|01.13.14 at 9:33 pm ET|
Tuukka Rask had never had a stretch in the NHL like the one he had prior to Saturday’s shutout. He’s sure he’ll one day have another, but for the Bruins and his Vezina campaign’s sake, he’s hoping it won’t be for a while.
Rask, who leads the league with five shutouts and is fourth with a .930 save percentage, had a woeful go of it from Dec. 28 to Jan. 9, getting pulled after allowing three goals in a little over one period losses to the Senators and Kings and allowing five goals apiece to the Islanders and Ducks. He picked up just win over the five game stretch, allowing one goal in a 4-1 win over the Jets.
As alarming as those numbers were, it’s worth noting that great goaltending performances — even Vezina ones — see dark times. Here are a few:
- In 2011, Vezina winner Tim Thomas gave up 14 goals over three starts from Feb. 11-15 while also allowing a goal in a period of relief in that stretch.
- The following season, Vezina winner Henrik Lundqvist allowed at least three goals in five straight games from March 3 to March 11.
- 2007-08 Vezina winner Martin Brodeur had a shaky stretch very early on the season, allowing at least three goals in five straight from Oct. 10 to Oct. 18 and giving up at least four in three of those starts. He also gave up 23 goals over a six-game stretch the previous season, which also saw him win the Vezina.
“It happens,” Rask said of such stretches Monday. “It’s hockey and the more you play, the odds are that it’s going to happen. You just have to work through it, and it’s tough but it’s reality. It’s going to happen again — hopefully not this year, but in the coming years and you just have to work through it and hope for the best.”
It wouldn’t be a leap to point to the fact that Rask’s rough patch began in the Bruins’ first game following Dennis Seidenberg‘s season-ending ACL/MCL tear. That wasn’t the only reason for the slump, but the B’s clearly looked to be a work in progress as they grid to acclimate to life without Seidenberg.
“We’re adjusting. I think it’s new for everybody when you miss a guy like that,” Rask said. “He’s a regular guy that plays a lot of minutes, so getting new pairings and stuff like that. As long as we put our minds into it defensively, it will be good. We’ve got some younger guys who are growing into their roles and it’s a learning curve, but we’re working [in] the right way.”
This will be another busy year for Rask, as he will follow last season’s 75-game workload with a full NHL season, the Olympics in the middle and hopefully a long playoff run in the spring.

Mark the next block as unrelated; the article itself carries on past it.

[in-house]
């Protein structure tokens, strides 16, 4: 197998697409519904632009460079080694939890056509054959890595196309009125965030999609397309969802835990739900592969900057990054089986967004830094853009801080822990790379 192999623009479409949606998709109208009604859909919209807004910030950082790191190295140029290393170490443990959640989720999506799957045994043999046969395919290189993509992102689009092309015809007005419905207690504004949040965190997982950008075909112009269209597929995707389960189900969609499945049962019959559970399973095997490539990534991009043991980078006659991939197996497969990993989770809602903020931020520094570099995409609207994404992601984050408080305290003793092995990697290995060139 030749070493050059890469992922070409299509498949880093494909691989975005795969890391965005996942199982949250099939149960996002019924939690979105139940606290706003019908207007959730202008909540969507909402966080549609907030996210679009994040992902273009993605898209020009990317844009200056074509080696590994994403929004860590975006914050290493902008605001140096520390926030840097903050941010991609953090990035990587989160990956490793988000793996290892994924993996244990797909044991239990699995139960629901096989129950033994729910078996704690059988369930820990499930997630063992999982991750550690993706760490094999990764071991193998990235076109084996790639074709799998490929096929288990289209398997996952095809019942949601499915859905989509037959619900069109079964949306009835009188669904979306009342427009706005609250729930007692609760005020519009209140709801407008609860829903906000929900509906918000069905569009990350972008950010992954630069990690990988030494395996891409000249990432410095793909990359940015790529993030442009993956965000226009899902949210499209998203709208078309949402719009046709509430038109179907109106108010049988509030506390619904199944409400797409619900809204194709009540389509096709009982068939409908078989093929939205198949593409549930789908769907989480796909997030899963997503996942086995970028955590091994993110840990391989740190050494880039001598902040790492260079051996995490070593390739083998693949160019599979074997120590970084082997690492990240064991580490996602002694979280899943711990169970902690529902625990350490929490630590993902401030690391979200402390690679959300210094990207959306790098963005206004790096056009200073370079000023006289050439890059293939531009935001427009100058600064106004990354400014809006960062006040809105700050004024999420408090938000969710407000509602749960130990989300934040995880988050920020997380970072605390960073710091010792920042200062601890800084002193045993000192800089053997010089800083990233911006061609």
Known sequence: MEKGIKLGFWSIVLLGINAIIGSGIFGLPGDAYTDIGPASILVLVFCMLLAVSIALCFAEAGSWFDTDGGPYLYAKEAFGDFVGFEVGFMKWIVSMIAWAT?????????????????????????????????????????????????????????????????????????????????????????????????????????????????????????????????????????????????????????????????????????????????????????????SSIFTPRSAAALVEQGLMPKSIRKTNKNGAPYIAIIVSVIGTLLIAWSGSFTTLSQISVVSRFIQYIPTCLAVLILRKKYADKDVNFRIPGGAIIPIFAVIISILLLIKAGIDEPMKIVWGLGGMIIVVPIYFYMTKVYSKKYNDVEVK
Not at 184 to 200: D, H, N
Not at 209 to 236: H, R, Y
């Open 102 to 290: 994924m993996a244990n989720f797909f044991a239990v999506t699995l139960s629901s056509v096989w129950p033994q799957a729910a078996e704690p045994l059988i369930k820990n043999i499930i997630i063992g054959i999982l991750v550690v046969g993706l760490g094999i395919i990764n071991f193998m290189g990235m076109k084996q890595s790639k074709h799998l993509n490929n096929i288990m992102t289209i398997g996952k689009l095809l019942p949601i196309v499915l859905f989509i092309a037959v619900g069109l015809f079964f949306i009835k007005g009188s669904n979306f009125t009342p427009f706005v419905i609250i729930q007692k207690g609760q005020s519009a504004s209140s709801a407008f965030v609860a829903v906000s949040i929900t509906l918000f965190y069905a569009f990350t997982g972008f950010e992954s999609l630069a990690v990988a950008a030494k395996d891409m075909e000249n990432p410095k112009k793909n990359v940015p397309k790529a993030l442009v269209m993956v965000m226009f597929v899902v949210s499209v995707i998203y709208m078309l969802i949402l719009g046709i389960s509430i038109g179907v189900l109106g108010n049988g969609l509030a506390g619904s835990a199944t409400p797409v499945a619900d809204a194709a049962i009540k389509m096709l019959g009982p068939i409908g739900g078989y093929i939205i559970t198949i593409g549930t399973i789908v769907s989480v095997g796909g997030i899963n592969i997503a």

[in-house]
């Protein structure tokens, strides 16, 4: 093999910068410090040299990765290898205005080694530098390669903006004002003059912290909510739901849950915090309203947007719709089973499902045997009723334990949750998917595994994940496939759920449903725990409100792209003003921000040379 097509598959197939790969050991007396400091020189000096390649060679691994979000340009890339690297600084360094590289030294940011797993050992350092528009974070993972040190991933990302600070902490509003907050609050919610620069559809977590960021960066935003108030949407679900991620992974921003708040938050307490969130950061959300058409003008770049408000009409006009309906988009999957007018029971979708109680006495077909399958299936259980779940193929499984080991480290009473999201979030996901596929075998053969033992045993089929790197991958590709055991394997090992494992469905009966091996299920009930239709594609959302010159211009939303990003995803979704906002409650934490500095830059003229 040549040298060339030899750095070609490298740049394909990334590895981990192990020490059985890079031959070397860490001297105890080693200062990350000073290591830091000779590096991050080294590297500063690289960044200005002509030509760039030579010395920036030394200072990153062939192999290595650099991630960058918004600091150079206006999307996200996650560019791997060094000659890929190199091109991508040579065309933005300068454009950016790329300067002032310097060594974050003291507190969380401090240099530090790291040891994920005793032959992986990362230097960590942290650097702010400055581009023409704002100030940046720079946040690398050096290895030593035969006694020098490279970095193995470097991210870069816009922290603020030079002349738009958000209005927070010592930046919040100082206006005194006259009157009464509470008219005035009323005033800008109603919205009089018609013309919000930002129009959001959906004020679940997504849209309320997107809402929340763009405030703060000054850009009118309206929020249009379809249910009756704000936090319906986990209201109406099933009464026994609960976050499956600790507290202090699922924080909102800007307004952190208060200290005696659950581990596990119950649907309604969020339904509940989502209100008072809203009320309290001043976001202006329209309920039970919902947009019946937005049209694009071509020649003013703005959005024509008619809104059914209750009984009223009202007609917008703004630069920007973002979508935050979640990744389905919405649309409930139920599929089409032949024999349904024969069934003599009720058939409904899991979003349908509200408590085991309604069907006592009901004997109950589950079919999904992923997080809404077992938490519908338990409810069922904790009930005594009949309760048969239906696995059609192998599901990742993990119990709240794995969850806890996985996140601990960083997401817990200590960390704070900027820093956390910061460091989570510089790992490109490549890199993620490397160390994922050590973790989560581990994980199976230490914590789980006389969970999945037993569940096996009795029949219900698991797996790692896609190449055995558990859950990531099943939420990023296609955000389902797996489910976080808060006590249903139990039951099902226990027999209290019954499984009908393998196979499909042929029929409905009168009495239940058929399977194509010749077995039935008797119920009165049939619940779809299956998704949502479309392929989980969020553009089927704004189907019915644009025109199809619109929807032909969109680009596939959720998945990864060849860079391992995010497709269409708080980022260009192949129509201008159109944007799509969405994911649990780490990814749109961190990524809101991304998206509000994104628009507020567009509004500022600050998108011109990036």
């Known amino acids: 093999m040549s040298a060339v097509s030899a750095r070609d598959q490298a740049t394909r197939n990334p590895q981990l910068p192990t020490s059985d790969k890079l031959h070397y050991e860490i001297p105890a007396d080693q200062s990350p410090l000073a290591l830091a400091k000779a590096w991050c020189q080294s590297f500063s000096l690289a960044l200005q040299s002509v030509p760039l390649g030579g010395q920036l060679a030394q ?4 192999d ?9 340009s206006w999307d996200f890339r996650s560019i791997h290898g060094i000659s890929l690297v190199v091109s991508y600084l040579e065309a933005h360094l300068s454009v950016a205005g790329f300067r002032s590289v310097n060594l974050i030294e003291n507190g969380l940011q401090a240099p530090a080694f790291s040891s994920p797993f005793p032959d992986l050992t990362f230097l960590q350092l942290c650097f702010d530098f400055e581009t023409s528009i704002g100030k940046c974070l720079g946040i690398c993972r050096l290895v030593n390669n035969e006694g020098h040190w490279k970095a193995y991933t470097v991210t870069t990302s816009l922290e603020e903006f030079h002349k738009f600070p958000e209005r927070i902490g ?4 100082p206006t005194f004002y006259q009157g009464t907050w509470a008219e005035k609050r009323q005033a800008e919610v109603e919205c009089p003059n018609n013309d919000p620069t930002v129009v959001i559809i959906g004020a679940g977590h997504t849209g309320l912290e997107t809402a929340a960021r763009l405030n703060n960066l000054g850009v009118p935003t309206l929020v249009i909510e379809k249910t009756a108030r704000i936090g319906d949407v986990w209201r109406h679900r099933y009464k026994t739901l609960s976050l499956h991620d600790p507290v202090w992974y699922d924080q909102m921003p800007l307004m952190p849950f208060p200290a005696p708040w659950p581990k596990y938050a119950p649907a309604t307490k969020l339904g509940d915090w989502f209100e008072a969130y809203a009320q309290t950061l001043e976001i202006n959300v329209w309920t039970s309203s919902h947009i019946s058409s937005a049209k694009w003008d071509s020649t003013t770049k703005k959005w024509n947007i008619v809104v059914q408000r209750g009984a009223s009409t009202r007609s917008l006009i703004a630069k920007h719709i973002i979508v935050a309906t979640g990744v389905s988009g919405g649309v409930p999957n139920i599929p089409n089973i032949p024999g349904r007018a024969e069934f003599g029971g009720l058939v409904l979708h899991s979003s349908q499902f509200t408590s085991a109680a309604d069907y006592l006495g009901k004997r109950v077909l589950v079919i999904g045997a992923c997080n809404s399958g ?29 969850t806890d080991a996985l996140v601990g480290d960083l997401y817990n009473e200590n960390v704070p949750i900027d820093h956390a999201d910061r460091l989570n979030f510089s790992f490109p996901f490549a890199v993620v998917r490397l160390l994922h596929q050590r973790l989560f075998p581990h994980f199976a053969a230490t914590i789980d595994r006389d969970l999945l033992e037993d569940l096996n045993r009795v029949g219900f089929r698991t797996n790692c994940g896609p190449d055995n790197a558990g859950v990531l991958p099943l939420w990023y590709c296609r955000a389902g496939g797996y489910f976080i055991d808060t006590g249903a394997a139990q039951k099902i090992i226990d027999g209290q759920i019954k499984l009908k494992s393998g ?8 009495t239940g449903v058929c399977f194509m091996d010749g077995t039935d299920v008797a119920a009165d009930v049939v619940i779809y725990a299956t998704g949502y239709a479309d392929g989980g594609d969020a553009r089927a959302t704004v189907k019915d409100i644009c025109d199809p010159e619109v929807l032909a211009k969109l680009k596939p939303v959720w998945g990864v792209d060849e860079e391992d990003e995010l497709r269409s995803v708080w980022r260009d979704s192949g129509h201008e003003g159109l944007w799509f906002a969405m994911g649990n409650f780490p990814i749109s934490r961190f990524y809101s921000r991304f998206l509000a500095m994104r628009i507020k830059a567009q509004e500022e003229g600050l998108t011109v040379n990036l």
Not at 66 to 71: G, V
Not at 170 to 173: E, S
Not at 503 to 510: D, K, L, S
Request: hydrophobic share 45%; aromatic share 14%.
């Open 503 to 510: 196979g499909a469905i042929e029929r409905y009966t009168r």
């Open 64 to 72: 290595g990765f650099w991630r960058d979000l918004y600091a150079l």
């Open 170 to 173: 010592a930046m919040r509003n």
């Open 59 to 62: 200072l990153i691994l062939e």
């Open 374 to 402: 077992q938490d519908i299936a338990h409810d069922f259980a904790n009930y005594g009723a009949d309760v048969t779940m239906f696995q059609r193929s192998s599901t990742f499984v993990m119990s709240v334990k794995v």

Though he joked that he “always feels like [droppings]” when asked about how his body is holding up, Rask says that fatigue hasn’t been a major factor for him this season and doesn’t see it becoming one.
“Not too much,” he said. “I think everybody’s feeling somewhat of the schedule being so heavy, but I haven’t felt too tired. It’s draining mentally when you travel a lot and play every other day for weeks, so it can be draining, but I think we can keep things light when necessary.”
|01.13.14 at 2:06 pm ET|
WILMINGTON — A former first-round pick with just one goal through 23 games this season is an easy target for criticism, but Jordan Caron — given his role — hasn’t been as disappointing as it might seem.
Caron hasn’t done anything offensively this season and that is undoubtedly his Achilles’ heel. Four partial seasons into his NHL career, he seems to be a bottom-six player rather than a top-six guy for that reason.
Yet for as offensively invisible as he’s been, the defensively responsible Caron has been sound in his own zone and has been a useful penalty killer when called upon. Often times, young players see offensive results — a goal here, an assist there — quicker than they can be trusted on the PK, but Caron is the opposite. The Bruins don’t need to worry about him on the ice — something that’s been the case for young players over the years — but they shouldn’t expect him to light up the score sheet.
As such, it’s been a very unglamorous season for Caron (one goal and no assists) but he hasn’t been a liability or the awful player impatient fans might make him out to be.